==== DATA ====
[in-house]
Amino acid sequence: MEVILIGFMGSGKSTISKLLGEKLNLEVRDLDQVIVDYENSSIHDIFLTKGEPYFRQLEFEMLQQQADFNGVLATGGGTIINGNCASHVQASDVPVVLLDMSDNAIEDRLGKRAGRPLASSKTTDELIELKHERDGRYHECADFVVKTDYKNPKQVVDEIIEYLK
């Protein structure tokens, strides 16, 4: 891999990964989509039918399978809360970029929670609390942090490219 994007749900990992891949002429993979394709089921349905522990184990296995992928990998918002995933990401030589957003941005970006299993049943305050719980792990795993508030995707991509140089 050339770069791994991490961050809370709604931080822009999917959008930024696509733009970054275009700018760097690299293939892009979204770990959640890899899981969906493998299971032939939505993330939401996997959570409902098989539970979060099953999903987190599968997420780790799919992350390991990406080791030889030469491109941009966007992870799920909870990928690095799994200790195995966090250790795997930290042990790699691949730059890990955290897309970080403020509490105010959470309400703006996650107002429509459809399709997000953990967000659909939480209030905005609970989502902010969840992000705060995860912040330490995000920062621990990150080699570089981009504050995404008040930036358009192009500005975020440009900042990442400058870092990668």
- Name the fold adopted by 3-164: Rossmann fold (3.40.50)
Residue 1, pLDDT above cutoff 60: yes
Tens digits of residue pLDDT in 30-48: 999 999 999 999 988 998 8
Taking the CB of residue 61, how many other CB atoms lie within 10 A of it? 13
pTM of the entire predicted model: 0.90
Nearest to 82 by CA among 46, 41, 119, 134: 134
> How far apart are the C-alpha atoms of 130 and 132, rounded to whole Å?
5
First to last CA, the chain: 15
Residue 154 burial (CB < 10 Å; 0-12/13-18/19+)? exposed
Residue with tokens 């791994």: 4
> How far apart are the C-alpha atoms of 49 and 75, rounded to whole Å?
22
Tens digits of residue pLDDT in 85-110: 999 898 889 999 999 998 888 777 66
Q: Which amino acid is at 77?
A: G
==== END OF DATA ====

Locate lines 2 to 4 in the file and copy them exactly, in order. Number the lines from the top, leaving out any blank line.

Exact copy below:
Amino acid sequence: MEVILIGFMGSGKSTISKLLGEKLNLEVRDLDQVIVDYENSSIHDIFLTKGEPYFRQLEFEMLQQQADFNGVLATGGGTIINGNCASHVQASDVPVVLLDMSDNAIEDRLGKRAGRPLASSKTTDELIELKHERDGRYHECADFVVKTDYKNPKQVVDEIIEYLK
């Protein structure tokens, strides 16, 4: 891999990964989509039918399978809360970029929670609390942090490219 994007749900990992891949002429993979394709089921349905522990184990296995992928990998918002995933990401030589957003941005970006299993049943305050719980792990795993508030995707991509140089 050339770069791994991490961050809370709604931080822009999917959008930024696509733009970054275009700018760097690299293939892009979204770990959640890899899981969906493998299971032939939505993330939401996997959570409902098989539970979060099953999903987190599968997420780790799919992350390991990406080791030889030469491109941009966007992870799920909870990928690095799994200790195995966090250790795997930290042990790699691949730059890990955290897309970080403020509490105010959470309400703006996650107002429509459809399709997000953990967000659909939480209030905005609970989502902010969840992000705060995860912040330490995000920062621990990150080699570089981009504050995404008040930036358009192009500005975020440009900042990442400058870092990668």
- Name the fold adopted by 3-164: Rossmann fold (3.40.50)